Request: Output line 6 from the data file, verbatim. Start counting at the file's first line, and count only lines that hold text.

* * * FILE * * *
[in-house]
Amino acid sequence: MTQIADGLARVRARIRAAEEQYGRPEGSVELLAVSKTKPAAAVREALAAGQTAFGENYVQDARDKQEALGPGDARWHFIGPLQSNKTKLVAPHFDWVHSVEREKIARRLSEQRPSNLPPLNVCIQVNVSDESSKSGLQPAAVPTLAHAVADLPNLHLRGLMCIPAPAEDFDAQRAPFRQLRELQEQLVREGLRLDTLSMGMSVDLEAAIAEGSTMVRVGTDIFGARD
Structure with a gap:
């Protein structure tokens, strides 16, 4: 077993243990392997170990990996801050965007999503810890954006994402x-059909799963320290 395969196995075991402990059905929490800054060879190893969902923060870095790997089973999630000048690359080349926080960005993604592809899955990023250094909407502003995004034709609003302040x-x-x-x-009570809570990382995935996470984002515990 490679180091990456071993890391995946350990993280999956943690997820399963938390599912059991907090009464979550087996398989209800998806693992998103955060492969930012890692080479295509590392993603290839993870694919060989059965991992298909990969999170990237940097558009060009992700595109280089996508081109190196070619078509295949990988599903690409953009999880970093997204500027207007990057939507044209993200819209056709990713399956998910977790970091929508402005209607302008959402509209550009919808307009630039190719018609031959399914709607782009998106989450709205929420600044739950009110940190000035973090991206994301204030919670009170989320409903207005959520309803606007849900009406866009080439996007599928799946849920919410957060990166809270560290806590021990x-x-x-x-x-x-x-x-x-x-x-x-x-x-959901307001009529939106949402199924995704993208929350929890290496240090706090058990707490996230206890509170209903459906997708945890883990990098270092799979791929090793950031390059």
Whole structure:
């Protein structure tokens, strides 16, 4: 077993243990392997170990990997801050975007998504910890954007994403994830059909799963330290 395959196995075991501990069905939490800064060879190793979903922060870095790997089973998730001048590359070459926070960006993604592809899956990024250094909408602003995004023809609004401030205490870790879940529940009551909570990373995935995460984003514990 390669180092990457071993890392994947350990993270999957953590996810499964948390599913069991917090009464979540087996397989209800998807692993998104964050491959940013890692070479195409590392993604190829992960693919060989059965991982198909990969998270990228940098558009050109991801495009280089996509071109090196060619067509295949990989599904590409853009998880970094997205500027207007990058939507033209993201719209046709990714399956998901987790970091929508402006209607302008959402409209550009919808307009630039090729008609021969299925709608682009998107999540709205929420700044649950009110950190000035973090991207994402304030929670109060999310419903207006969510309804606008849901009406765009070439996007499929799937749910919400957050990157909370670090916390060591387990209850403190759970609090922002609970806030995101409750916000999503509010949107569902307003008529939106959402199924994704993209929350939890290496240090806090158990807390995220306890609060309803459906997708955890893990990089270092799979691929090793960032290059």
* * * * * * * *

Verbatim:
């Protein structure tokens, strides 16, 4: 077993243990392997170990990997801050975007998504910890954007994403994830059909799963330290 395959196995075991501990069905939490800064060879190793979903922060870095790997089973998730001048590359070459926070960006993604592809899956990024250094909408602003995004023809609004401030205490870790879940529940009551909570990373995935995460984003514990 390669180092990457071993890392994947350990993270999957953590996810499964948390599913069991917090009464979540087996397989209800998807692993998104964050491959940013890692070479195409590392993604190829992960693919060989059965991982198909990969998270990228940098558009050109991801495009280089996509071109090196060619067509295949990989599904590409853009998880970094997205500027207007990058939507033209993201719209046709990714399956998901987790970091929508402006209607302008959402409209550009919808307009630039090729008609021969299925709608682009998107999540709205929420700044649950009110950190000035973090991207994402304030929670109060999310419903207006969510309804606008849901009406765009070439996007499929799937749910919400957050990157909370670090916390060591387990209850403190759970609090922002609970806030995101409750916000999503509010949107569902307003008529939106959402199924994704993209929350939890290496240090806090158990807390995220306890609060309803459906997708955890893990990089270092799979691929090793960032290059």